Food Safety Magazine

News | April 25, 2018

New USDA Report Breaks Down U.S. Food Recalls 2004-2013

By Staff

New USDA Report Breaks Down U.S. Food Recalls 2004-2013

The U.S. Department of Agriculture’s (USDA's) Economic Research Service has released a new report entitled Trends in Food Recalls 2004-2013. The report, according to the abstract, identifies trends, patterns, and outliers of food product recalls in the U.S. from January 1, 2004 through December 31, 2013. The number of food product recalls has increased significantly over the past couple of decades. USDA’s report examines the products and risks that may have contributed to this increase.

There are four factors in the report that were analyzed:

  1. What types of foods were recalled
  2. Reasons for initiating those recalls
  3. Severity of the risks posed by the recalled products
  4. Geographic distribution of the recalled products

What researchers found is that food recalls increased amongst several major food categories:

  • Grains
  • Animal products
  • Prepared foods/meals

Food recalls also increased across all three risk severity classes, and occurred more frequently in highly populated states. And, as we reported in 2016, 2017 and 2018 in our own annual food recall analysis, undeclared allergens were a leading cause of food product recalls. USDA’s analysis found that the number of undeclared allergen recalls nearly doubled from 2004 to 2013.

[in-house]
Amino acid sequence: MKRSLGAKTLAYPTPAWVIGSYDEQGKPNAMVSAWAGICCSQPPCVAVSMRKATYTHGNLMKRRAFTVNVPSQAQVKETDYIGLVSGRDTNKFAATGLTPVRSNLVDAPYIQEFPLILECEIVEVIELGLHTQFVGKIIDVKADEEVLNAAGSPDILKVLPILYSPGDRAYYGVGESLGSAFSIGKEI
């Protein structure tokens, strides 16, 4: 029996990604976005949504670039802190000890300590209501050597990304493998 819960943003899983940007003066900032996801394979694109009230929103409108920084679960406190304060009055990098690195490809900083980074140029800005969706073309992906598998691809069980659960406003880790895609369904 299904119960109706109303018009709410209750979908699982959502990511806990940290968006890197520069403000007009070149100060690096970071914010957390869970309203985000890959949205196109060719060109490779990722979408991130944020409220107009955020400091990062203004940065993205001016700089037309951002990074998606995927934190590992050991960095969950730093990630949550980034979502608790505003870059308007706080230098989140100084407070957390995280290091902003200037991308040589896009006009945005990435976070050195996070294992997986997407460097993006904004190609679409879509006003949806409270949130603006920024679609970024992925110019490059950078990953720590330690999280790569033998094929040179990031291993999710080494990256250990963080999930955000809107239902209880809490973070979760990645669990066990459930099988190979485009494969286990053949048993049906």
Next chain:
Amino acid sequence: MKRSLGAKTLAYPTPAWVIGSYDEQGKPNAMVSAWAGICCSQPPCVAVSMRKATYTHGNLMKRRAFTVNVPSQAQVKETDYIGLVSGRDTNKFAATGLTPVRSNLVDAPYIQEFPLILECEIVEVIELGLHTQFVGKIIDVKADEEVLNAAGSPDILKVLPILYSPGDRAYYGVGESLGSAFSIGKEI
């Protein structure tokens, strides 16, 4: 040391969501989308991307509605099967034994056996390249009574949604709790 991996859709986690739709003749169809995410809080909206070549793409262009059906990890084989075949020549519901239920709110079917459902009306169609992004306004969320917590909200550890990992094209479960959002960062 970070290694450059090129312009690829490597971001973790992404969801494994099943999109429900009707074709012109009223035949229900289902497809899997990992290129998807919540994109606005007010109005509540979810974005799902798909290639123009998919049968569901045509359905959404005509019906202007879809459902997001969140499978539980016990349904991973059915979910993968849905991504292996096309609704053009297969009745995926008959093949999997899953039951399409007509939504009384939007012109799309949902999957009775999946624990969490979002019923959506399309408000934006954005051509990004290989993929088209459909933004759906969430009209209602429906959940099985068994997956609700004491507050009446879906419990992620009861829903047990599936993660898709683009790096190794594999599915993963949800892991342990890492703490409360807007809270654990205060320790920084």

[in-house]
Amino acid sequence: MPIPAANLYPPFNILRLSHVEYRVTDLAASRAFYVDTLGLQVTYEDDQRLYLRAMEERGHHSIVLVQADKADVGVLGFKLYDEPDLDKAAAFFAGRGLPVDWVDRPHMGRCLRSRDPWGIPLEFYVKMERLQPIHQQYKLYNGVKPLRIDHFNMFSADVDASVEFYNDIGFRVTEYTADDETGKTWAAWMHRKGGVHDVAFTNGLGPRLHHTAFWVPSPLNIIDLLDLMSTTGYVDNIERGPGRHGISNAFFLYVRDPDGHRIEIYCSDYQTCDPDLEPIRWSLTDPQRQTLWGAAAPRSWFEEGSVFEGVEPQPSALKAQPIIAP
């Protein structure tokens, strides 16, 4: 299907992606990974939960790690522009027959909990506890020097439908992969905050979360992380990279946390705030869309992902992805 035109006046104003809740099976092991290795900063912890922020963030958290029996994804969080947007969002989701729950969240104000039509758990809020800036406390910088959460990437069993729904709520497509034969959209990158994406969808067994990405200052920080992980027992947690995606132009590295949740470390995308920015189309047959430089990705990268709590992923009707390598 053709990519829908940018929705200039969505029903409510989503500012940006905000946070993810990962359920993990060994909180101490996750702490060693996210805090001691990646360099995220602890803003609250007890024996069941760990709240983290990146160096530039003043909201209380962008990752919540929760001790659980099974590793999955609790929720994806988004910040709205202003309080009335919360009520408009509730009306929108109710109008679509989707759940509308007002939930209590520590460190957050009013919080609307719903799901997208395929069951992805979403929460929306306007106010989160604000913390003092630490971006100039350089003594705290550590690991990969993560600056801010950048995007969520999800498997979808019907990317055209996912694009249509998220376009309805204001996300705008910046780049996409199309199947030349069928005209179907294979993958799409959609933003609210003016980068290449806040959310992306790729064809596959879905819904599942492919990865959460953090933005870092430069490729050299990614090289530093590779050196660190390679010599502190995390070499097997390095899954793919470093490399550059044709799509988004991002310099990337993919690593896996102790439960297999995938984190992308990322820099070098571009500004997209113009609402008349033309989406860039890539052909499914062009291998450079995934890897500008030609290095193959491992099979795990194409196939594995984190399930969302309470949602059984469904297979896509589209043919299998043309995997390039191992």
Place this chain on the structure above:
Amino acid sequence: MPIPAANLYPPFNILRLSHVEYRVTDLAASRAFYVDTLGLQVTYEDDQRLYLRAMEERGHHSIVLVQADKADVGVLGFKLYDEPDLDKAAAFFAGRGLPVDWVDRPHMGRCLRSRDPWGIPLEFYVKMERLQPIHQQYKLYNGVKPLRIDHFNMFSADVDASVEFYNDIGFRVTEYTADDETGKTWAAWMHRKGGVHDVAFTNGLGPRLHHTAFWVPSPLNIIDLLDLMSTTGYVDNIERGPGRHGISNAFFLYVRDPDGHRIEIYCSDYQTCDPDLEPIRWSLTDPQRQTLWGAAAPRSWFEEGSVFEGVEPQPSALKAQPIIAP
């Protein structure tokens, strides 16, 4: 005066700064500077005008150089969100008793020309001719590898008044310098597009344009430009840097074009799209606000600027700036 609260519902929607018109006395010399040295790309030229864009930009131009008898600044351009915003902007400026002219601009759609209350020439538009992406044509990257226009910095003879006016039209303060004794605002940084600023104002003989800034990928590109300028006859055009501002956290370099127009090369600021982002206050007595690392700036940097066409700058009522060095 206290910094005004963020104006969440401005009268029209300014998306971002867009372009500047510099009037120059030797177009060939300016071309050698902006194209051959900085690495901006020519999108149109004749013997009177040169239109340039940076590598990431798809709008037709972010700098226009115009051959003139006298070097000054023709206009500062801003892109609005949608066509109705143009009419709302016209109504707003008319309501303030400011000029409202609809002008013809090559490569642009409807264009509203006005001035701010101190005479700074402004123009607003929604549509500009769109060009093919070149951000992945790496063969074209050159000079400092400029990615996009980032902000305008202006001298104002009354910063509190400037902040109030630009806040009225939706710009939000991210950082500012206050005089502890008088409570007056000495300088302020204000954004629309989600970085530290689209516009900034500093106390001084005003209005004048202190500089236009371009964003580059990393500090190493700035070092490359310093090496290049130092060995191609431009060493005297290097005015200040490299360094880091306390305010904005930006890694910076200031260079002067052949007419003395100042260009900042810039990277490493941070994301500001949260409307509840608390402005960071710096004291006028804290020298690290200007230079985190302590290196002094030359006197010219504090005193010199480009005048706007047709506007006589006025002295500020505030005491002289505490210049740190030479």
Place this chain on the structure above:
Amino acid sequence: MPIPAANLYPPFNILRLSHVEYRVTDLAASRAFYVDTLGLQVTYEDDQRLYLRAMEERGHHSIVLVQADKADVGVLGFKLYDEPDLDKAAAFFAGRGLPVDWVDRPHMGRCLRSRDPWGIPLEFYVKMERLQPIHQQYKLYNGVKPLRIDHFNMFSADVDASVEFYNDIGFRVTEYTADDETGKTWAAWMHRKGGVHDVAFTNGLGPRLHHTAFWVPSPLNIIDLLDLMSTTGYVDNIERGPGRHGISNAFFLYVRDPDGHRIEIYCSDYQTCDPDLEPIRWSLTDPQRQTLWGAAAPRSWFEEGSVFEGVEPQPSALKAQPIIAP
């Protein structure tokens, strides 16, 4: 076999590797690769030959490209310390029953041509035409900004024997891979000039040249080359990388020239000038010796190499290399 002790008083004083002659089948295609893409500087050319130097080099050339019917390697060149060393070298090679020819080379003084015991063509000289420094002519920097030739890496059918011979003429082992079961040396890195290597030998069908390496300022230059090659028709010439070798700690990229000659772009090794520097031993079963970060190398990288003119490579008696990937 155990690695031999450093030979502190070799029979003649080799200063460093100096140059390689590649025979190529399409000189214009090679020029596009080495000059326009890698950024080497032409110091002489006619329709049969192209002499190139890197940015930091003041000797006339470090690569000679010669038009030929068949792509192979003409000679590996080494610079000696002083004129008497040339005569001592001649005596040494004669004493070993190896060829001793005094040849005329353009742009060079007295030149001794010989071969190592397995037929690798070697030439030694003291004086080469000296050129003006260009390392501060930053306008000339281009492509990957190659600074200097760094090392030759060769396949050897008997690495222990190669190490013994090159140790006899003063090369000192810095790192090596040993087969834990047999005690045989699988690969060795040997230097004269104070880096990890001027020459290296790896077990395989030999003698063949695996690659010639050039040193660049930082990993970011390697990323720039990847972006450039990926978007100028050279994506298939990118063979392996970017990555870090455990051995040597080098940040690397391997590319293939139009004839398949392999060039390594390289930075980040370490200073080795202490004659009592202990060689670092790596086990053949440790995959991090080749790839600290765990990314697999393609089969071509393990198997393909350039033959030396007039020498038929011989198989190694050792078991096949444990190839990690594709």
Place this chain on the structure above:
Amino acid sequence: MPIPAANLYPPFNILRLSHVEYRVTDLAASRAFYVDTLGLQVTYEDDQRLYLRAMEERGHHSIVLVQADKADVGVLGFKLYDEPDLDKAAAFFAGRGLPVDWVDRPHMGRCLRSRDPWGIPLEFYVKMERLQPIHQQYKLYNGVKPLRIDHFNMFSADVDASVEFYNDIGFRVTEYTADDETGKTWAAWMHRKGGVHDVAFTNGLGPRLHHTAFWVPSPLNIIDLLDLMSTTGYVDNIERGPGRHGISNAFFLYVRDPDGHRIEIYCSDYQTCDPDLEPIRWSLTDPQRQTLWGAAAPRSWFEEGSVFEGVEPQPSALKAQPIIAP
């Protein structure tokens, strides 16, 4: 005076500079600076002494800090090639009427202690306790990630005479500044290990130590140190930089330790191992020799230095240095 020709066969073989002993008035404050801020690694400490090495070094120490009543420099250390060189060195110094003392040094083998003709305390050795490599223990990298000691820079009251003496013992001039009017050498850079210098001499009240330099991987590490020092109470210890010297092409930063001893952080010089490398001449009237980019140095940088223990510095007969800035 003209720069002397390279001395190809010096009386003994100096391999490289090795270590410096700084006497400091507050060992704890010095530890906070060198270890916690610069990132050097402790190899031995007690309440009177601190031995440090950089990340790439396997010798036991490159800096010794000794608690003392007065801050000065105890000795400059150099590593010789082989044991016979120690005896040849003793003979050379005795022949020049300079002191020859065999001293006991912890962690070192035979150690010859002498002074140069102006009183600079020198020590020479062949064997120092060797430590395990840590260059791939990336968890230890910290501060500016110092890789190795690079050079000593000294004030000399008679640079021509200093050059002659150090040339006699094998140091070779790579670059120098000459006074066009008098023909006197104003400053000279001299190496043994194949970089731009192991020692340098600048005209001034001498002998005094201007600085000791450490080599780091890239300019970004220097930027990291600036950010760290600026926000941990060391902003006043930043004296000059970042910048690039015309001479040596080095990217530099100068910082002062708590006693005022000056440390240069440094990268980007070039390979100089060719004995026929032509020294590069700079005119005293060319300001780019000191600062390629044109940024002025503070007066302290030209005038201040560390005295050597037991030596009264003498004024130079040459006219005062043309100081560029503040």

What else did the study find?

  • Average number of food recalls between 2004 and 2008: 304 per year
  • Average number of food recalls between 2009 and 2013: 676 per year

USDA attributes this increase to a few different factors. First, there was an increase in the volume of food sold to the U.S. during the time span analyzed, which would statistically and expectedly equate to more recalls. Simultaneously, pathogen and risk detection technology has gotten better, so contamination that couldn’t be detected 10+ years ago is easier to detect now. And, of course, there’s been an increase of regulatory oversight and enforcement, not to mention that Congress passed two major food policy laws: the Food Allergen Labeling and Consumer Protection Act (FALCPA) and the Food Safety Modernization Act.

What food categories experienced the most recalls?

  • 11.9% = prepared foods and meals (excluding soup)
  • 10.9% = nuts, seeds, and nut products
  • 9% = baked goods (excluding packaged baked goods)
  • 8.4% = grains and grain products (excluding baked goods)
  • 7.9% = candy products
  • 5% = sauces, condiments, and dressings

For each of these foods (except nut products), the most common reason for initiating the recall was failure to declare major allergens. The most common reason for recalls of nut products was possible Salmonella contamination. While the number of food product recalls increased across every food category, the increase was statistically significant only for grain products, animal products, and prepared foods and meals.

Recalls by risk type

  • 41% = pathogen contamination (Shiga toxin-producing Escherichia coli, Salmonella, etc.)
  • 27.4% = undeclared allergens

While the number of recalls due to pathogen contamination did not increase significantly during this decade, the number of allergen recalls nearly doubled. The passage of FALCPA likely played a major role in the growing number of undeclared allergen recalls.

See USDA’s official Trends in Food Recalls report on ERS.USDA.gov.

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